Withdrawal of US Tactical and Theater Nuclear Weapons

In the early 1990s, the circumstances shifted dramatically due to the collapse of the former Soviet Union. The United States unilaterally withdrew all forward-deployed non-strategic nuclear weapons from the ROK (about 200, mostly gravity bombs, all of which were removed by February 1992), as well as declaring that no tactical or theater nuclear weapons were deployed on US surface warships.4 In this move, announced on September 28, 1991, President George Bush transformed the strategic landscape overnight.5

Reduced Reliance on Nuclear Threat in Korea

This change transformed American nuclear deterrence in Korea from immediate (due to proximity of weapons to battleground) to general in nature; and made the notion of extended nuclear deterrence far less salient to overall US extended deterrence. Henceforth, American war-plans and deployments in Korea relied almost exclusively on conventional forces, not nuclear weapons which were effectively recessed (whereas in Europe, tactical nuclear weapons remain forward-deployed and NATO has never stopped relying upon them in relation to Russian conventional forces).6 The United States reserved the right to redeploy nuclear weapons in a contingency,7 but thereafter, nuclear targeting, war-planning, and delivery of nuclear weapons was conducted from the United States, not from Korea. Given the increase in the lethality and precision of conventional weapons in the nineteen nineties and 21st century, the notion of fighting wars with crude nuclear weapons was viewed by the US military as well as its political leadership as improbable, likely disproportionate, and increasingly surreal. Indeed, delivery of nuclear weapons against North Korea would be slow via long range bombers as it would be difficult for many reasons to use long range sea or land based missiles to attack the DPRK.

In many respects, American nuclear weapons were now reserved for countering only existential threats, that is, when the United States or its ally faced a threat to its national existence, in particular, from a nuclear attack. Many American experts believe that it is likely that even that contingency would be responded to with a countervailing conventional campaign.8 After the 1991 withdrawal, however, the United States and its allies deliberately left ambiguous how they would respond to nuclear aggression and attempted to extract marginal deterrence and compellence from nuclear threats from home-based nuclear weapons above that already obtained from advanced conventional forces. Thus, the “nuclear umbrella” was maintained in principle, but in reality, began to recede in the nineteen nineties.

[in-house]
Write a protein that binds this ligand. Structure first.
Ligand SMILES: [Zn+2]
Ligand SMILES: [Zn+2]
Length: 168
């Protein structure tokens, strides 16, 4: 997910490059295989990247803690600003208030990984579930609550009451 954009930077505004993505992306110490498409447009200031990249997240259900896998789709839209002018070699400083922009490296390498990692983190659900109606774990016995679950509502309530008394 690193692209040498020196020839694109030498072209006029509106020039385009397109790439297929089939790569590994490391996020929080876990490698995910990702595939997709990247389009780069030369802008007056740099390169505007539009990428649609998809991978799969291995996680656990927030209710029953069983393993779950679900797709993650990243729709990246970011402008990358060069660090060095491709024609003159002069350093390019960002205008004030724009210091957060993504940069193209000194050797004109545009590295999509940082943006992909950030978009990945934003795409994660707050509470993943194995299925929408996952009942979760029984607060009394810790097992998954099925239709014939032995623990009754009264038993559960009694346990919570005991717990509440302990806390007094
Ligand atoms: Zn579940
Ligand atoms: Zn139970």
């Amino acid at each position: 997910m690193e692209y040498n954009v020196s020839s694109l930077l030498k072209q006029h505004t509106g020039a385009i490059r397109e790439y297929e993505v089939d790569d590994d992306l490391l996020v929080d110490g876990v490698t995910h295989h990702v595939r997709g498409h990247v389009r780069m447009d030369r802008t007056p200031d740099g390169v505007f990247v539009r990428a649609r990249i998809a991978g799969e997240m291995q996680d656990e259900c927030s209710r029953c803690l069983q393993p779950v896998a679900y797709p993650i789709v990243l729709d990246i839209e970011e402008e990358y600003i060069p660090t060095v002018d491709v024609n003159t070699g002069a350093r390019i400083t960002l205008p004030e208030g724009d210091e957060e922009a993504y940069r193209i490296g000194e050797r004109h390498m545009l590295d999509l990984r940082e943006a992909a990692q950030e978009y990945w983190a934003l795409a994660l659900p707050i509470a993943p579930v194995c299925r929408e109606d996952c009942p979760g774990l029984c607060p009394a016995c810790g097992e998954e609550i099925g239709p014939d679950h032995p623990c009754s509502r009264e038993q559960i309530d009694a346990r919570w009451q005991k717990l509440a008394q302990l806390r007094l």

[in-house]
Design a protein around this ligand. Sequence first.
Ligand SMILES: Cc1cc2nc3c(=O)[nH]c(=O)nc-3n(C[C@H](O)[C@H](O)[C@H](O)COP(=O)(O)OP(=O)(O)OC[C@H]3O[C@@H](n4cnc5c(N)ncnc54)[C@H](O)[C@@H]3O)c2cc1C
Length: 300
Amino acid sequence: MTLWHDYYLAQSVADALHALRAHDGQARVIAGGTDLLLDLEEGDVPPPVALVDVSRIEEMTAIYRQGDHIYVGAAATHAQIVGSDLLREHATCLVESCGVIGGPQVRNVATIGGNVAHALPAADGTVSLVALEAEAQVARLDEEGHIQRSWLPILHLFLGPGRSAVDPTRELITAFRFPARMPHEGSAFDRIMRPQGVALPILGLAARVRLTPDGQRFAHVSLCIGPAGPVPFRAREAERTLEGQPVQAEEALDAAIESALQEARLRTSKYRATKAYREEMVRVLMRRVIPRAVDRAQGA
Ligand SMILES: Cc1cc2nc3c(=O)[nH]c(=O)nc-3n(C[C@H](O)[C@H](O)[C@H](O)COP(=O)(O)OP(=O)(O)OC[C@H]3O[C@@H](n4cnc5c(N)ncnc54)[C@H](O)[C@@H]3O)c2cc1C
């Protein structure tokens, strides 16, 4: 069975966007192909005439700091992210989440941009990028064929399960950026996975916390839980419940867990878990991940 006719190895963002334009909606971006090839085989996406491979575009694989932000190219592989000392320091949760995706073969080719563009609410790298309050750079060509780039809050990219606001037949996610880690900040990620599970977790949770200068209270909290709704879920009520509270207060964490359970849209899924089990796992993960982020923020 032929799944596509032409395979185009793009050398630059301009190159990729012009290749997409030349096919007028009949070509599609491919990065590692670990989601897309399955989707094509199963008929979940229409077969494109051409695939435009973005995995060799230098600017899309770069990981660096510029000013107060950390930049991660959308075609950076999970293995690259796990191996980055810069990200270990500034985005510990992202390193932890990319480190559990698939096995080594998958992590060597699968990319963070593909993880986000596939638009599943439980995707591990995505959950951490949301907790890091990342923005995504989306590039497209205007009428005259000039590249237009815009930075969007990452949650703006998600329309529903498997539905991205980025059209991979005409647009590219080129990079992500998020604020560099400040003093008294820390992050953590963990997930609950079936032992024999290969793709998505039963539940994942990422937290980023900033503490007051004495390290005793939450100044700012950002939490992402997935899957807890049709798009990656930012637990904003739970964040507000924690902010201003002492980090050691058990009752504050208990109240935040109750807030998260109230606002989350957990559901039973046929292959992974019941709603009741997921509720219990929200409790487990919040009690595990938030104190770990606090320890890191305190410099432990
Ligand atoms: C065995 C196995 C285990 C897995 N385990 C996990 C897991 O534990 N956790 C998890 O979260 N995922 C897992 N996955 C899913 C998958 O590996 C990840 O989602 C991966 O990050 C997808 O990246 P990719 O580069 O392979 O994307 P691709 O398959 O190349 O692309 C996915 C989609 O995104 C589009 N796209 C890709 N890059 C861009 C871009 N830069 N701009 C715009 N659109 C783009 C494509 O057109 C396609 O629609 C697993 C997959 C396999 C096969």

US-DPRK Nuclear Compellence

Both the United States and the DPRK used actual or implicit nuclear threat throughout the nineties to attempt to compel the other to change its policies and actions in specific ways.9 Not surprisingly, this mutual threat exchange was not conducive to engagement and cooperation, and helped to poison the well of improved US-DPRK relations. Both parties failed to realize their objectives with respect to each other.

DPRK Nuclear Armament

Since 2000, hostility has dominated the US-DPRK relationship, and the increasing acrimony has seen increased reliance on nuclear threat by all parties to the Korean conflict, albeit in different ways. For its part, the DPRK shifted its phrasing and increasingly referred directly to nuclear weapons as against more ambiguous terms such as “massive deterrent.” Then, it tested nuclear weapons in 2006, 2009, and 2013. It also tested long range space launch rockets that have dual use technological application to long range nuclear warhead delivery missiles, succeeding finally in putting a small satellite into circumpolar orbit in 2012. In 2012, the DPRK articulated its own nuclear doctrine, stating it did not care if it was viewed as a “nuclear weapons state” as recognized under the Nuclear Non Proliferation Treaty, from which it had departed, only that it had nuclear weapons for its own purposes. In 2013, the DPRK threatened to use nuclear weapons to attack cities in the ROK and the United States, and suggested that it might do so pre-emptively.